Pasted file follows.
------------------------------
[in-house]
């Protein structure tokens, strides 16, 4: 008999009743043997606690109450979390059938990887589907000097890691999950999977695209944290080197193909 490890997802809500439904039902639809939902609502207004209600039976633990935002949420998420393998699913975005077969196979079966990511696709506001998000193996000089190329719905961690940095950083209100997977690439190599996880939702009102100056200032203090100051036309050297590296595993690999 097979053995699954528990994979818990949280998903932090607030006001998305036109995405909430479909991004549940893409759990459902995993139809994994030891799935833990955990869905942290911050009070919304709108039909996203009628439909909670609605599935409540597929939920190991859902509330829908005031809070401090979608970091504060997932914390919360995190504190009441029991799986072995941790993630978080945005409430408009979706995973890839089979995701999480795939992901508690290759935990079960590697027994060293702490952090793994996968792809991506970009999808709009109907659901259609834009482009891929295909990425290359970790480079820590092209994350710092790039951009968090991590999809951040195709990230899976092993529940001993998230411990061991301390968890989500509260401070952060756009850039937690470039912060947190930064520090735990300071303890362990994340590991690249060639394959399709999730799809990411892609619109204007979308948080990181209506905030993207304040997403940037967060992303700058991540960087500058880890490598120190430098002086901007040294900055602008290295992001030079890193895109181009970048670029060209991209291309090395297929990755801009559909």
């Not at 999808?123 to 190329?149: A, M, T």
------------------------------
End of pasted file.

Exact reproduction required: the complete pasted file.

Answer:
[in-house]
């Protein structure tokens, strides 16, 4: 008999009743043997606690109450979390059938990887589907000097890691999950999977695209944290080197193909 490890997802809500439904039902639809939902609502207004209600039976633990935002949420998420393998699913975005077969196979079966990511696709506001998000193996000089190329719905961690940095950083209100997977690439190599996880939702009102100056200032203090100051036309050297590296595993690999 097979053995699954528990994979818990949280998903932090607030006001998305036109995405909430479909991004549940893409759990459902995993139809994994030891799935833990955990869905942290911050009070919304709108039909996203009628439909909670609605599935409540597929939920190991859902509330829908005031809070401090979608970091504060997932914390919360995190504190009441029991799986072995941790993630978080945005409430408009979706995973890839089979995701999480795939992901508690290759935990079960590697027994060293702490952090793994996968792809991506970009999808709009109907659901259609834009482009891929295909990425290359970790480079820590092209994350710092790039951009968090991590999809951040195709990230899976092993529940001993998230411990061991301390968890989500509260401070952060756009850039937690470039912060947190930064520090735990300071303890362990994340590991690249060639394959399709999730799809990411892609619109204007979308948080990181209506905030993207304040997403940037967060992303700058991540960087500058880890490598120190430098002086901007040294900055602008290295992001030079890193895109181009970048670029060209991209291309090395297929990755801009559909």
């Not at 999808?123 to 190329?149: A, M, T």